Rhode Island Man faces trial in 2007 sex assault case

By Laura Crimaldi

Associated Press

PROVIDENCE, R.I. (AP) -- Nearly five years ago, police say a 16-year-old girl was picked up while she was walking from a party on the east side of Providence, driven to a vacant lot, sexually assaulted and threatened by a man with a knife.

After the attack, the girl went to Hasbro Children's Hospital, where DNA samples were taken with a rape kit. But it wasn't until a bank robbery case in East Greenwich years later that police got evidence to solve the case.

Under state law, Jason Nickerson, 31, had to submit a DNA sample after pleading no contest to second-degree robbery in 2010. A little more than two months later, a DNA match linked Nickerson to the assault in Providence and another in Connecticut, according to a police affidavit.

Opening statements in Nickerson's case were made Monday, and he is also facing a separate indictment for first-degree domestic sexual assault charges, said Amy Kempe, a spokeswoman for state Attorney General Peter F. Kilmartin.

Kempe said prosecutors do not recall another cold case involving sexual assault going to trial with DNA evidence obtained under the law, which has been on the books since 1998. Two other previously unsolved sexual assaults from 2004 and 2009 were also recently solved in the same manner, resulting in indictments.

The cases highlight the power of DNA evidence to solve sexual assault cold cases at a time when lawmakers are considering whether to require anyone arrested for a violent crime submit a sample. The bill passed the Senate and is under review by the House Judiciary Committee; 26 states have enacted similar measures.

"Many of these offenders repeat the crime and clearly that's what we're seeing in these two particular cases," said Peg Langhammer, executive director of Day One in Providence, a nonprofit that counsels and advocates for victims of sexual assault and domestic violence.

DNA evidence "can really be a tool of prevention as well as a tool of justice," Langhammer said.

In the Providence case, investigators had little to work with before the DNA match.

The teen was picked up, then driven around for about 30 minutes before the driver stopped in a parking lot, locked the doors and demanded oral sex, an affidavit said.

The girl didn't know where she was, Police Maj. Thomas Oates III said. She tried to escape but was punched repeatedly in the head and told that if she continued to resist, she and her family would be killed, the affidavit said.

After three hours, the teen was driven elsewhere and ordered out of the vehicle. The man took her cellphone and pocketbook and threatened her again, the affidavit said. She called a friend, who picked her up, and police were called. She was taken to a hospital, where a rape kit was done.

A few days later, Oates said the girl was shown a couple of photo arrays, but she could not identify her attacker. There would be no developments for three years.

The man now accused of the attack remained free but not out of trouble. In 2008, Nickerson was arrested a few weeks after an in East Greenwich bank was robbed when police got a tip that his wife was bragging about her husband making off with thousands of dollars in a bank holdup, Detective Lt. Jeremy Fague said.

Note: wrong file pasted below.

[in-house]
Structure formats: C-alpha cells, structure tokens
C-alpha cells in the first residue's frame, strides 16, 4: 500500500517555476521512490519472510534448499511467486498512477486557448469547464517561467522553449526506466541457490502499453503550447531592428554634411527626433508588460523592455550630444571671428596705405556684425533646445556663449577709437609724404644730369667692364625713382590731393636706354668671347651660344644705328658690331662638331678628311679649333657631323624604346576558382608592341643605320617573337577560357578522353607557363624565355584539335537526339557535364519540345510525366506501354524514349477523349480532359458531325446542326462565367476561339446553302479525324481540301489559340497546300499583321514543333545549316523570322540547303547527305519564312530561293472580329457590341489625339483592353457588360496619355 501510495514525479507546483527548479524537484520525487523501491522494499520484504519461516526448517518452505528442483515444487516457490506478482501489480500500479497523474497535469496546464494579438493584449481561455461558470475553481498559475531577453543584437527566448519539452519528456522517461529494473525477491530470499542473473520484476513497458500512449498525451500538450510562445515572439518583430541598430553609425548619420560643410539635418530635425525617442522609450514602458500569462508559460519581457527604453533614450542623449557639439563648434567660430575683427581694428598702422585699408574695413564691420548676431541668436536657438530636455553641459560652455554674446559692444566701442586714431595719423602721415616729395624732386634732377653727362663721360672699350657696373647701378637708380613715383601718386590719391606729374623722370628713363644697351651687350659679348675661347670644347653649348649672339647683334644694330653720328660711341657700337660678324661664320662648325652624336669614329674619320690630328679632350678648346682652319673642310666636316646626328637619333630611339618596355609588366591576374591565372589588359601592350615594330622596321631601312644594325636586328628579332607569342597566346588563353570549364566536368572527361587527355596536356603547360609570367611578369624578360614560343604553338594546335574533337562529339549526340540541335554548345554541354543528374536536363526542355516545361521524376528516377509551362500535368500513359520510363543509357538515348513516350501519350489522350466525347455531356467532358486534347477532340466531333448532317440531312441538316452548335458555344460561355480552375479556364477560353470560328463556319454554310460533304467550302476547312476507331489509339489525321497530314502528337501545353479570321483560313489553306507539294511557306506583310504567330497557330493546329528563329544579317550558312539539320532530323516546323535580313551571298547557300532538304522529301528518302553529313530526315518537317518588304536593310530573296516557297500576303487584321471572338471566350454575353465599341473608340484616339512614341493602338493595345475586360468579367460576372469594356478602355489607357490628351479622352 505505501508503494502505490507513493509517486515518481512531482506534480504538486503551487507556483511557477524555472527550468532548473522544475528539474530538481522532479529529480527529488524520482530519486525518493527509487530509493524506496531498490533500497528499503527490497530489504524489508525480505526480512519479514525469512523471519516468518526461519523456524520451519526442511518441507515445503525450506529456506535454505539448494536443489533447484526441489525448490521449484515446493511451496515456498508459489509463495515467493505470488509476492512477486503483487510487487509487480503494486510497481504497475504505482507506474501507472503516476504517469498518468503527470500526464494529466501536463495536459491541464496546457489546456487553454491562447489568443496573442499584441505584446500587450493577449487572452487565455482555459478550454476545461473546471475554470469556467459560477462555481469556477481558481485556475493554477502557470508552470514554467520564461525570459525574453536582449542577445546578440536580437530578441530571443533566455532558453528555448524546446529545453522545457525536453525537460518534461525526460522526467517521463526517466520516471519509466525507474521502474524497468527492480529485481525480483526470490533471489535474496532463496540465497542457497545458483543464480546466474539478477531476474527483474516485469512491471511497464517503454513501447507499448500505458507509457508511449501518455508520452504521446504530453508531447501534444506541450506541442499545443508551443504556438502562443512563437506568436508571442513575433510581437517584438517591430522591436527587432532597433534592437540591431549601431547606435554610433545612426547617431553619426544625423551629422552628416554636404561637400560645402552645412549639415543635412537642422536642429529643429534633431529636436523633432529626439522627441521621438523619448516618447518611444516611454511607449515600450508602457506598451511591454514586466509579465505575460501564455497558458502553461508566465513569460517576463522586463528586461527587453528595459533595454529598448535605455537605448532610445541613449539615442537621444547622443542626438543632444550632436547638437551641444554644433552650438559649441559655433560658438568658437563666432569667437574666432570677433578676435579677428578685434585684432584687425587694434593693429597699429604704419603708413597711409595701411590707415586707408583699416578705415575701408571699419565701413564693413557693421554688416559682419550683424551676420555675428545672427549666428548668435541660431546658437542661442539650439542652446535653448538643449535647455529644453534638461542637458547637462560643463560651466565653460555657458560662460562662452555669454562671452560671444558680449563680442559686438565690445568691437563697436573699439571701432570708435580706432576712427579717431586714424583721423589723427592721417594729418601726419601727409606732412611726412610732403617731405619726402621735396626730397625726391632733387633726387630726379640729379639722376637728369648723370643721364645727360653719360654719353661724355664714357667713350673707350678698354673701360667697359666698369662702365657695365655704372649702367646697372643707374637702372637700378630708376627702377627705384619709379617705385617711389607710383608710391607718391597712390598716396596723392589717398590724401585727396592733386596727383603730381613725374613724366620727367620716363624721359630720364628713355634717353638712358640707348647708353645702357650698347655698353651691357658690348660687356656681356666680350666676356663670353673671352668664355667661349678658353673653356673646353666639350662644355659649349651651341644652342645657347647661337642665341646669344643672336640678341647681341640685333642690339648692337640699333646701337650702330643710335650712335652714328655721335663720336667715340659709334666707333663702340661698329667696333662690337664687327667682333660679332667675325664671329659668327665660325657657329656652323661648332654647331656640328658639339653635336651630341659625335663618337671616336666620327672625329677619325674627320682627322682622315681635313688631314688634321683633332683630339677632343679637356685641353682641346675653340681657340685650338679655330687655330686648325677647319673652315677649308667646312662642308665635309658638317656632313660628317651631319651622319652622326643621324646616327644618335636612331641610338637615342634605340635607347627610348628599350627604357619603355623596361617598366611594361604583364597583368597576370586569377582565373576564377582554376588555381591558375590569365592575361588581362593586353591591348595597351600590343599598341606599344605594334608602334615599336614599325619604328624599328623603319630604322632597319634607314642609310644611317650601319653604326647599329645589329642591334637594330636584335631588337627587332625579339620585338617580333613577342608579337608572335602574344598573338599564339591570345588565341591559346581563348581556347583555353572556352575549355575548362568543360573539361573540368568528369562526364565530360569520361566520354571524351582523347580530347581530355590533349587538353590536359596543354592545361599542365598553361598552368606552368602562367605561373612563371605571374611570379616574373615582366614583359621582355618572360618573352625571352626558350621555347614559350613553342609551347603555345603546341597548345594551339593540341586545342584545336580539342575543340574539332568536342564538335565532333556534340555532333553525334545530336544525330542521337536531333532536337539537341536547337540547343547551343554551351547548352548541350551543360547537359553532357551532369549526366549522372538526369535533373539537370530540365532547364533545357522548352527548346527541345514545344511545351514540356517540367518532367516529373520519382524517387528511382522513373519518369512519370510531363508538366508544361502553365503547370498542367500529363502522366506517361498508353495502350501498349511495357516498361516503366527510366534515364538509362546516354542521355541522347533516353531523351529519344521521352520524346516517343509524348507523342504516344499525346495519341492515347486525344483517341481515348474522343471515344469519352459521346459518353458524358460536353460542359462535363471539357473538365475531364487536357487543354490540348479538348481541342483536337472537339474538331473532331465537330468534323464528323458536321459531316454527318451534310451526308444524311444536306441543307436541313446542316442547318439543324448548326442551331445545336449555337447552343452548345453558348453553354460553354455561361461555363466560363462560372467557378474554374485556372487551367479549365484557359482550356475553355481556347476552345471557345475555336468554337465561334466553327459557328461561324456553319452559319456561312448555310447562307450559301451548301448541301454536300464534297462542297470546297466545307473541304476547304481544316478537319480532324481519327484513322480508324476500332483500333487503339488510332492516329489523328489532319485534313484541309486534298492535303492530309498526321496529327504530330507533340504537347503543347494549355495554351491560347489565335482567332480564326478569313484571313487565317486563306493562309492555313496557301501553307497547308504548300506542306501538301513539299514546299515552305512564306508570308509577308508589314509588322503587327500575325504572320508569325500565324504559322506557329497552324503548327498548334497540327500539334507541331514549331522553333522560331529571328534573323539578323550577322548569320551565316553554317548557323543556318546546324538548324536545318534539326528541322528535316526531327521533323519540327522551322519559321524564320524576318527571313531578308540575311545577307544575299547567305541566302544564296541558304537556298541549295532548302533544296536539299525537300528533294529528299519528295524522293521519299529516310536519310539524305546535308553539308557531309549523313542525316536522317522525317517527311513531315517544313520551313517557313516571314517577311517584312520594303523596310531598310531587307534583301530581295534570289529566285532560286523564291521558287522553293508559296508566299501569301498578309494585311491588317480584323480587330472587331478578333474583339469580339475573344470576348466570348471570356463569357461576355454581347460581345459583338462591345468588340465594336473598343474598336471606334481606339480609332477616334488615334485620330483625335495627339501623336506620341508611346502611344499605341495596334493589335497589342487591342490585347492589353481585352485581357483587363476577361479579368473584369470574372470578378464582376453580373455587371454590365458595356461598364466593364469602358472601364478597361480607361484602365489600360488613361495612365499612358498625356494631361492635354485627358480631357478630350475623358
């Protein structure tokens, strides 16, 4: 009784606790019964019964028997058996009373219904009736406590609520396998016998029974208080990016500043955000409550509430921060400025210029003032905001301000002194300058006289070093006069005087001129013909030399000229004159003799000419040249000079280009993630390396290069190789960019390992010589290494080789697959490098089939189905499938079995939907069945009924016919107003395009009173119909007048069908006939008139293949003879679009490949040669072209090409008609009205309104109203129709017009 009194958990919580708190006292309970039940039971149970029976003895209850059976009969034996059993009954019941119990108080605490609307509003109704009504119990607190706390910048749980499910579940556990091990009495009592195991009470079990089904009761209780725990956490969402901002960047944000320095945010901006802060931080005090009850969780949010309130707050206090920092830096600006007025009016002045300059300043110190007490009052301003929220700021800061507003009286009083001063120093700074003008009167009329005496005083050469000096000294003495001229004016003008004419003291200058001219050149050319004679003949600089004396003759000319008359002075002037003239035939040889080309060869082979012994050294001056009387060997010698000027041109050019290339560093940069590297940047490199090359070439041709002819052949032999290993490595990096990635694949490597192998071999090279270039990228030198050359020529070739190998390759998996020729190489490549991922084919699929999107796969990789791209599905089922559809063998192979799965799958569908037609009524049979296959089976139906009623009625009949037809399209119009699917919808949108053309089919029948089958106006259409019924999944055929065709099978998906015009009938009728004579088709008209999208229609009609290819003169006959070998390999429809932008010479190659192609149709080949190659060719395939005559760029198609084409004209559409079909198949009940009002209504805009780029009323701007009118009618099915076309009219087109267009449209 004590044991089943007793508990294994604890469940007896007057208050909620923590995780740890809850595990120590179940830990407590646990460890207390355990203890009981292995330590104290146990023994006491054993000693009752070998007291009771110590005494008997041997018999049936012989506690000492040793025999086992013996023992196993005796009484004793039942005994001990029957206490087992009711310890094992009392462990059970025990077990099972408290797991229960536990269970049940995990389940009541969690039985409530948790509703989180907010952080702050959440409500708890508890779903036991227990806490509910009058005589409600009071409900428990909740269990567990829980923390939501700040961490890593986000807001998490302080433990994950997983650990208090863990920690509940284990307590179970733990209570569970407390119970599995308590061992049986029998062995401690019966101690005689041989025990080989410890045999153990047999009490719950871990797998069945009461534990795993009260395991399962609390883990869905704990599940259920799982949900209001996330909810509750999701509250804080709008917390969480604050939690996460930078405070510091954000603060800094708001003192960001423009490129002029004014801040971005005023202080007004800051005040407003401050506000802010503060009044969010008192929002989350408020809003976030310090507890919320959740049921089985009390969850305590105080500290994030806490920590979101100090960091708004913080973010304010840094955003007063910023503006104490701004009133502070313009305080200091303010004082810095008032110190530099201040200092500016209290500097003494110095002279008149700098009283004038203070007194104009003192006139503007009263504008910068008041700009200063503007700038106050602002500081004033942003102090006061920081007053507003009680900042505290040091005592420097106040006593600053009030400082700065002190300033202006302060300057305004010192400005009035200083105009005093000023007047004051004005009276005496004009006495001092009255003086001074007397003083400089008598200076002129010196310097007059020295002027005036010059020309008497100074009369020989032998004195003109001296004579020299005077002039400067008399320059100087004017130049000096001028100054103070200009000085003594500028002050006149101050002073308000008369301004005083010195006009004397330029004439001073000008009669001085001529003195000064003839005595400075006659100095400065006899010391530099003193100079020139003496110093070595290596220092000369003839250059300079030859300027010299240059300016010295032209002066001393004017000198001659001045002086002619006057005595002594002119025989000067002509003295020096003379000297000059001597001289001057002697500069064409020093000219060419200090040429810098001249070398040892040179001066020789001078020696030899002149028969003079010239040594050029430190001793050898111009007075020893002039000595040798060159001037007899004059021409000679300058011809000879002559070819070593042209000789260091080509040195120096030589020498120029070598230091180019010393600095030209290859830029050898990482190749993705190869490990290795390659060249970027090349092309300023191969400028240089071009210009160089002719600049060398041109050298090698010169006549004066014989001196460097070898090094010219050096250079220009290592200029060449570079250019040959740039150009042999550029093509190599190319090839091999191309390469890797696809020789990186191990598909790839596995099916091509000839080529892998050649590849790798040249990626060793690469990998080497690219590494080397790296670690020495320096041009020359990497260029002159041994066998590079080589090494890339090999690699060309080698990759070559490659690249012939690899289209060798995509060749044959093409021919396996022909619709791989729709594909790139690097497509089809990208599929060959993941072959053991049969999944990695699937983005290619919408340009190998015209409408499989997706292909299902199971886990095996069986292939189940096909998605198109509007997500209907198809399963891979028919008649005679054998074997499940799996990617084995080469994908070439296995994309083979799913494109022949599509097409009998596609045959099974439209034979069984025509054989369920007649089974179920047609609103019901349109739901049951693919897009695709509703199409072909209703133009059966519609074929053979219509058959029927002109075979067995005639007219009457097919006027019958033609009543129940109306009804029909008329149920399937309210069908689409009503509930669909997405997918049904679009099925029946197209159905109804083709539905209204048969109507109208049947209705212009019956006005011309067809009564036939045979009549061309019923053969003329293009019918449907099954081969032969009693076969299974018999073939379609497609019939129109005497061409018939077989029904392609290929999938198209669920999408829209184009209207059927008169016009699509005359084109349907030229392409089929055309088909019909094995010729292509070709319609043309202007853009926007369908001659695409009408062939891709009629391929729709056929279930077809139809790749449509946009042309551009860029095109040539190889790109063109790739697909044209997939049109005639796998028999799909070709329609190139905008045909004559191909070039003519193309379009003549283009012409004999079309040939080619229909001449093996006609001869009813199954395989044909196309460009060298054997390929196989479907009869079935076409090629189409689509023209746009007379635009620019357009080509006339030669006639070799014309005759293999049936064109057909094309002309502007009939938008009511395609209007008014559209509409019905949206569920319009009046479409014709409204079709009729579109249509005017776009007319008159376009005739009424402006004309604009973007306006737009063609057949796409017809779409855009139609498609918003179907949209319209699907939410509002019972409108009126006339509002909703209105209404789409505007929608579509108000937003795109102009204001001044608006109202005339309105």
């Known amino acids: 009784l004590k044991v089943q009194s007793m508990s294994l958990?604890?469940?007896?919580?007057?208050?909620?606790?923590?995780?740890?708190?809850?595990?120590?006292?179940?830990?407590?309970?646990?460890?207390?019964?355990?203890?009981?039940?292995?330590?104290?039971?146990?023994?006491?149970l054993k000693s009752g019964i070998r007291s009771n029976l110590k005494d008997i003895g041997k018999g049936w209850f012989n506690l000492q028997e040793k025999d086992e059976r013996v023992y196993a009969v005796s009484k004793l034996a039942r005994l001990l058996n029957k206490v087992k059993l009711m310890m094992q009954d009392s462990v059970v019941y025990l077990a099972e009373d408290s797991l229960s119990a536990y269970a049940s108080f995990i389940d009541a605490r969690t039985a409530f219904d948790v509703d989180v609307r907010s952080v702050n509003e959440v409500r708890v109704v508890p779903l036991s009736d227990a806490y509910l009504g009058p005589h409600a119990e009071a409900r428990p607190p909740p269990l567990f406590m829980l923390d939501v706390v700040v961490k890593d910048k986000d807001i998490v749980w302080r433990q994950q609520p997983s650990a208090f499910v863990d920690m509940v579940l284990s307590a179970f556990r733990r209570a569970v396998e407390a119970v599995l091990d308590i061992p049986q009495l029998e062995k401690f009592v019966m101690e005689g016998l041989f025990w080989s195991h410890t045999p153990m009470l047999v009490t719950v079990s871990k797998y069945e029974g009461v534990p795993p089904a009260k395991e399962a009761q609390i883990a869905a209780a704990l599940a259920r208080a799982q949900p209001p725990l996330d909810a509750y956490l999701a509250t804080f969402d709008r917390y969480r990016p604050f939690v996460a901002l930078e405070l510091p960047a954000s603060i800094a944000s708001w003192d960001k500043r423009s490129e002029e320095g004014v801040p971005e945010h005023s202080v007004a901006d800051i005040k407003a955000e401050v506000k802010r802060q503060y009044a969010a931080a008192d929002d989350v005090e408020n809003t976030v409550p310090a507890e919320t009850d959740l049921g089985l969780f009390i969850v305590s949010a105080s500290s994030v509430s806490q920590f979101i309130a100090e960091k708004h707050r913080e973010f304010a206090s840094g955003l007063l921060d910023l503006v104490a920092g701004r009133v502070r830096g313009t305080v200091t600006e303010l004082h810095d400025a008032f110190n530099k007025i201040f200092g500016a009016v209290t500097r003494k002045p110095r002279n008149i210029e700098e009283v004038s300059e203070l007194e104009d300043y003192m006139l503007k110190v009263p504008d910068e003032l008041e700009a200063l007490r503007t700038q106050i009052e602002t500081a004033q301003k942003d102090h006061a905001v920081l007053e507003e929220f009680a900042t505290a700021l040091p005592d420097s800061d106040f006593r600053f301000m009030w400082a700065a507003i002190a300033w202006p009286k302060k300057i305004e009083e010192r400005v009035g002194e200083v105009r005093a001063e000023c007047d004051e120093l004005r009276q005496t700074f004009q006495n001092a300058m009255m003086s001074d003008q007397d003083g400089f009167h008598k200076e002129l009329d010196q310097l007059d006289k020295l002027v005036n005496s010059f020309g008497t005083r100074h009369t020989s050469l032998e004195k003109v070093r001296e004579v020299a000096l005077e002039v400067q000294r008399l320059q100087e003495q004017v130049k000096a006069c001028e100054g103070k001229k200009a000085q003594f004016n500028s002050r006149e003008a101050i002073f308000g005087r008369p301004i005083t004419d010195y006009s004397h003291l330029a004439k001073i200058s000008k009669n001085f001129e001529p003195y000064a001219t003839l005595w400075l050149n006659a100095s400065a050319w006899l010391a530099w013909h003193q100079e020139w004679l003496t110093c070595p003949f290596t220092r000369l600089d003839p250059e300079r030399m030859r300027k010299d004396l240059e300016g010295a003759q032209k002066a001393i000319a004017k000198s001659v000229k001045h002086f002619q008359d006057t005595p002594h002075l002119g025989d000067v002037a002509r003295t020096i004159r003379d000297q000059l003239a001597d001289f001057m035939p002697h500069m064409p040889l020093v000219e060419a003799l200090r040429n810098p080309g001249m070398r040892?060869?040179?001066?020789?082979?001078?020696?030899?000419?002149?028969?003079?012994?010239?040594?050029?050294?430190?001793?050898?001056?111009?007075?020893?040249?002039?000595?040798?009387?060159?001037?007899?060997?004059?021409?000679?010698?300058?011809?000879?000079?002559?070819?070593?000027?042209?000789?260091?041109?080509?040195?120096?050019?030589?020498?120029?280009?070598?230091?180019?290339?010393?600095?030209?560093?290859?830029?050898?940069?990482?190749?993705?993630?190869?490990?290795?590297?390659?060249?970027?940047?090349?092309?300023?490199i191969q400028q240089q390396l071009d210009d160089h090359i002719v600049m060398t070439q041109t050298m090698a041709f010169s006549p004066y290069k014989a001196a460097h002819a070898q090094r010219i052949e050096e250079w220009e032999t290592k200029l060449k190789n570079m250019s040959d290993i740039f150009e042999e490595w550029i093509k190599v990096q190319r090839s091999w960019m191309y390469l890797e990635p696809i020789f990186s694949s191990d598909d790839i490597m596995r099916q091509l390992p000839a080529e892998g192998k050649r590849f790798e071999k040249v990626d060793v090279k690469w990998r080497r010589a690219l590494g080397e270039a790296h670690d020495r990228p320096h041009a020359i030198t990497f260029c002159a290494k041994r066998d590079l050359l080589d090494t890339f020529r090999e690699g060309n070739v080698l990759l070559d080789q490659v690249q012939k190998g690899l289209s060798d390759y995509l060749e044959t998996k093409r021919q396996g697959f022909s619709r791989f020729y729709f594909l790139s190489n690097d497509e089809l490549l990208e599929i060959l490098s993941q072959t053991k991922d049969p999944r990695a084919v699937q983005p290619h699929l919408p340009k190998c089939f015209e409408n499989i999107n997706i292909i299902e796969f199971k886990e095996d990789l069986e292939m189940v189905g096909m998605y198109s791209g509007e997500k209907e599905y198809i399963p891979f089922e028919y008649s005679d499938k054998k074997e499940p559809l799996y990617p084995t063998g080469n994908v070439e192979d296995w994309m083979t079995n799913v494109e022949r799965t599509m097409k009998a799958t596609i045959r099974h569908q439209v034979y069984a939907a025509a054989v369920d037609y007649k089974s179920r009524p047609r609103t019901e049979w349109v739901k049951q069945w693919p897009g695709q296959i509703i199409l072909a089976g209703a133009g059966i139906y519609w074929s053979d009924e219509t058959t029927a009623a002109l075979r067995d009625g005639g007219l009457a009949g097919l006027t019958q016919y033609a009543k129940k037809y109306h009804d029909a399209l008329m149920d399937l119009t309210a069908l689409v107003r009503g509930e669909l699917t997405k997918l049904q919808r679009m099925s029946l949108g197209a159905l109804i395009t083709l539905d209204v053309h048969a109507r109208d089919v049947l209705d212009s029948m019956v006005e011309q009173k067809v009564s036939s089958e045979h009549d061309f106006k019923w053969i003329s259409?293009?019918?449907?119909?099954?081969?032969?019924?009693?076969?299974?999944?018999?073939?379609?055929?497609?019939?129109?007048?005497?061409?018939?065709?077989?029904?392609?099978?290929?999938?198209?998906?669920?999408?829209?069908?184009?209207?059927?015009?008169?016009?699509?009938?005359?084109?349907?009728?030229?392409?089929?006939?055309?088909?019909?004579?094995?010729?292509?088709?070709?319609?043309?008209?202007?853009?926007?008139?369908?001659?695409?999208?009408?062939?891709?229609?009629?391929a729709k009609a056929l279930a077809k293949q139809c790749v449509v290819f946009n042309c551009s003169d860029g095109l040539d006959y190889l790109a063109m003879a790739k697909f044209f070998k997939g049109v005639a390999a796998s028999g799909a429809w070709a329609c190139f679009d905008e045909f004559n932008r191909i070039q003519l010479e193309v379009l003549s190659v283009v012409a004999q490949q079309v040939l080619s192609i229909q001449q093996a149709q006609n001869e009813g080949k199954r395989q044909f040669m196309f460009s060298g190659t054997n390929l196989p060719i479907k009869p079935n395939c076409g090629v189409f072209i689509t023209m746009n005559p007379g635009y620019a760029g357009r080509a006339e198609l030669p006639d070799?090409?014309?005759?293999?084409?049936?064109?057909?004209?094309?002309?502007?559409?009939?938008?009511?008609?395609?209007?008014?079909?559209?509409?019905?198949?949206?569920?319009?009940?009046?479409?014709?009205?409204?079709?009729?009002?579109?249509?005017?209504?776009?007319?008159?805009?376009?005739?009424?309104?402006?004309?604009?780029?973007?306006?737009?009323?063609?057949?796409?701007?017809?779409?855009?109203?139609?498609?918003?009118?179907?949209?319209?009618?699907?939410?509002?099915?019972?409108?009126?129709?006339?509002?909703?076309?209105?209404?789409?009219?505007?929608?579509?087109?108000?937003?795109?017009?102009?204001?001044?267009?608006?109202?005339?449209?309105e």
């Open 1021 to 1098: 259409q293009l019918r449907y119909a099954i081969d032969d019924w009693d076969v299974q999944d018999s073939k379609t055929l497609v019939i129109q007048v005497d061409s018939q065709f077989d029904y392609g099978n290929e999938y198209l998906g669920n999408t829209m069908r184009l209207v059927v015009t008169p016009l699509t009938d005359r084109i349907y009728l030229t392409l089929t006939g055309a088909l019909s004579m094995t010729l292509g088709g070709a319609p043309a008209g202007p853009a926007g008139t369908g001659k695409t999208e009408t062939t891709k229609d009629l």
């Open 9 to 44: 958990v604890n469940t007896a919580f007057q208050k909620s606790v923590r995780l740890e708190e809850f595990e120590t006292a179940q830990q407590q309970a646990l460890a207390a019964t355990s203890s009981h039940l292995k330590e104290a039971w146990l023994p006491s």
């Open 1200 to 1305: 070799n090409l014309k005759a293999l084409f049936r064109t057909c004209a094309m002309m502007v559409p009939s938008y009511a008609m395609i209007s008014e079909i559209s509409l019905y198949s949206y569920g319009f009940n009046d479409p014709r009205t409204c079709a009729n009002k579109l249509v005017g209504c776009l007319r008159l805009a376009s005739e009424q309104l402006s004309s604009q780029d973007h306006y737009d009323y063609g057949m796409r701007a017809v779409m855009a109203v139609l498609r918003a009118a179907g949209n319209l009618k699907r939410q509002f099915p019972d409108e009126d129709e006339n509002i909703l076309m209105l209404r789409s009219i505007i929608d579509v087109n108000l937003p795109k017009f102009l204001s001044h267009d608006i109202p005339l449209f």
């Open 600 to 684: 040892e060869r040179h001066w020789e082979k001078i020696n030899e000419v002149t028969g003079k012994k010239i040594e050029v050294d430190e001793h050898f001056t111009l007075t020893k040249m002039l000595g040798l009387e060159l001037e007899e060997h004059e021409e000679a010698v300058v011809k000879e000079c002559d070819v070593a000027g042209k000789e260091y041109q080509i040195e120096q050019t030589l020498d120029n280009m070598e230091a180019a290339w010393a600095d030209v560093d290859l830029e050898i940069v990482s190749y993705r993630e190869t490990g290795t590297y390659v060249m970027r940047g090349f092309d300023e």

After Nickerson pleaded no contest in the bank robbery case, a DNA match came back linking him to the two sex assaults, an affidavit said. The victim in the Connecticut case, however, did not want to go forward, Oates said.

Last year, a grand jury indicted Nickerson in the 2007 sexual assault. About a month later, he was indicted in a separate case accusing him of domestic sexual assault. Nickerson has pleaded not guilty in both cases. His public defender, Michelle M. Alves, did not return messages seeking comment.

In the other cold cases, Armand "Joey" Ferrio, 25, of Woonsocket, was indicted in February on three counts of first-degree sexual assault for the attacks in 2004 and 2009. He was linked through a DNA match after pleading no contest in 2011 to assaulting a man with a glass bottle and knife, court records showed.

In the 2004 case, the woman, now 45, said she was assaulted outside of a building, said Woonsocket Detective Lt. Eugene T. Jalette. The 2009 assault took place in an apartment while the victim was sleeping, Jalette said. Both accusers gave descriptions, but they weren't enough to go on, Jalette said.

Ferrio has pleaded not guilty. Geiselman said he has received preliminary statements and DNA findings, but awaits more evidence.

"I'm still reviewing the quote, unquote DNA evidence to see if it does in fact match," Geiselman said.

The legislation on DNA samples raises questions of privacy.

The Rhode Island chapter of the American Civil Liberties Union is opposing the bill. The ACLU says the proposal tramples on people's privacy and ignores the cost of testing and the testing backlog that has put limits on how much evidence police departments can submit to the state's forensic laboratory. The state says the backlog is about six months, but the lab works with officials to prioritize cases.

RI ACLU Executive Director Steve Brown said he is also concerned that a proposed system to expunge DNA records for people who have been exonerated falls short.

"Collecting evidence from someone who is presumed innocent is something that people ought to care about," Brown said.

Published: Wed, Apr 4, 2012


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